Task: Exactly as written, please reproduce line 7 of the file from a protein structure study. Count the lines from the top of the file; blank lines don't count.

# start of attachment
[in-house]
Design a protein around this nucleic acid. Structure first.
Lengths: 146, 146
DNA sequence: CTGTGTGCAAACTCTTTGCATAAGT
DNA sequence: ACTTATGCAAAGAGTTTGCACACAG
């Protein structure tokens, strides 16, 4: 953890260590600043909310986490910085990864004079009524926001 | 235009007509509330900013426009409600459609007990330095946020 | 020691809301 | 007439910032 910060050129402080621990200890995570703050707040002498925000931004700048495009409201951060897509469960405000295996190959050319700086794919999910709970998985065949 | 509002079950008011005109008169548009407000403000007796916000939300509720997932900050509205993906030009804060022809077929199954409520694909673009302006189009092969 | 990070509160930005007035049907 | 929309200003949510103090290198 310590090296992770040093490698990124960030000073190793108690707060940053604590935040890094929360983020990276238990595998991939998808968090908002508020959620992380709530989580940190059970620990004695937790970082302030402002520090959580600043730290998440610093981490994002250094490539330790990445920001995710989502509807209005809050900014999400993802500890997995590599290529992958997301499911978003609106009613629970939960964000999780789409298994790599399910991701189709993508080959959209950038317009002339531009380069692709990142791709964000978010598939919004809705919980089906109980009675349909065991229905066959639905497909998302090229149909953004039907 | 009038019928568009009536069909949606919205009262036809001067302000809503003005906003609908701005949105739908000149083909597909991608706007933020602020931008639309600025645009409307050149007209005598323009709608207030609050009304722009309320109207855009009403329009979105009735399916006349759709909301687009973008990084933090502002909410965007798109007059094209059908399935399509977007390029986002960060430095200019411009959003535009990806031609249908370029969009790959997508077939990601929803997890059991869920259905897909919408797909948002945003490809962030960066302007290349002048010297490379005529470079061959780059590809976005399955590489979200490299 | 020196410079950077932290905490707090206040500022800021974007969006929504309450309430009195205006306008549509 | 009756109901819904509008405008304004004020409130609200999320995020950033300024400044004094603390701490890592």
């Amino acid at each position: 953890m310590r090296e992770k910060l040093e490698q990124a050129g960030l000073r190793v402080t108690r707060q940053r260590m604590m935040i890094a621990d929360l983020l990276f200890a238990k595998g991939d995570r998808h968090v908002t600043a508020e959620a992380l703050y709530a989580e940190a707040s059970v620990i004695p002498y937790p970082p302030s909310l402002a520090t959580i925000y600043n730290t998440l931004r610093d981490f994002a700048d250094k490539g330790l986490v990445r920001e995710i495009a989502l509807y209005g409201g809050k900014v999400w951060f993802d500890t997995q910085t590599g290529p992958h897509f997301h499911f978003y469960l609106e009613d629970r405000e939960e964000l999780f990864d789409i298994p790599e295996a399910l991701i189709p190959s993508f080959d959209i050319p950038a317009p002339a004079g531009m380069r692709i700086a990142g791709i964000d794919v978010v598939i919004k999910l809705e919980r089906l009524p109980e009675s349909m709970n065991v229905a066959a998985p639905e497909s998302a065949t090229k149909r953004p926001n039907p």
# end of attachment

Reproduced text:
């Amino acid at each position: 953890m310590r090296e992770k910060l040093e490698q990124a050129g960030l000073r190793v402080t108690r707060q940053r260590m604590m935040i890094a621990d929360l983020l990276f200890a238990k595998g991939d995570r998808h968090v908002t600043a508020e959620a992380l703050y709530a989580e940190a707040s059970v620990i004695p002498y937790p970082p302030s909310l402002a520090t959580i925000y600043n730290t998440l931004r610093d981490f994002a700048d250094k490539g330790l986490v990445r920001e995710i495009a989502l509807y209005g409201g809050k900014v999400w951060f993802d500890t997995q910085t590599g290529p992958h897509f997301h499911f978003y469960l609106e009613d629970r405000e939960e964000l999780f990864d789409i298994p790599e295996a399910l991701i189709p190959s993508f080959d959209i050319p950038a317009p002339a004079g531009m380069r692709i700086a990142g791709i964000d794919v978010v598939i919004k999910l809705e919980r089906l009524p109980e009675s349909m709970n065991v229905a066959a998985p639905e497909s998302a065949t090229k149909r953004p926001n039907p």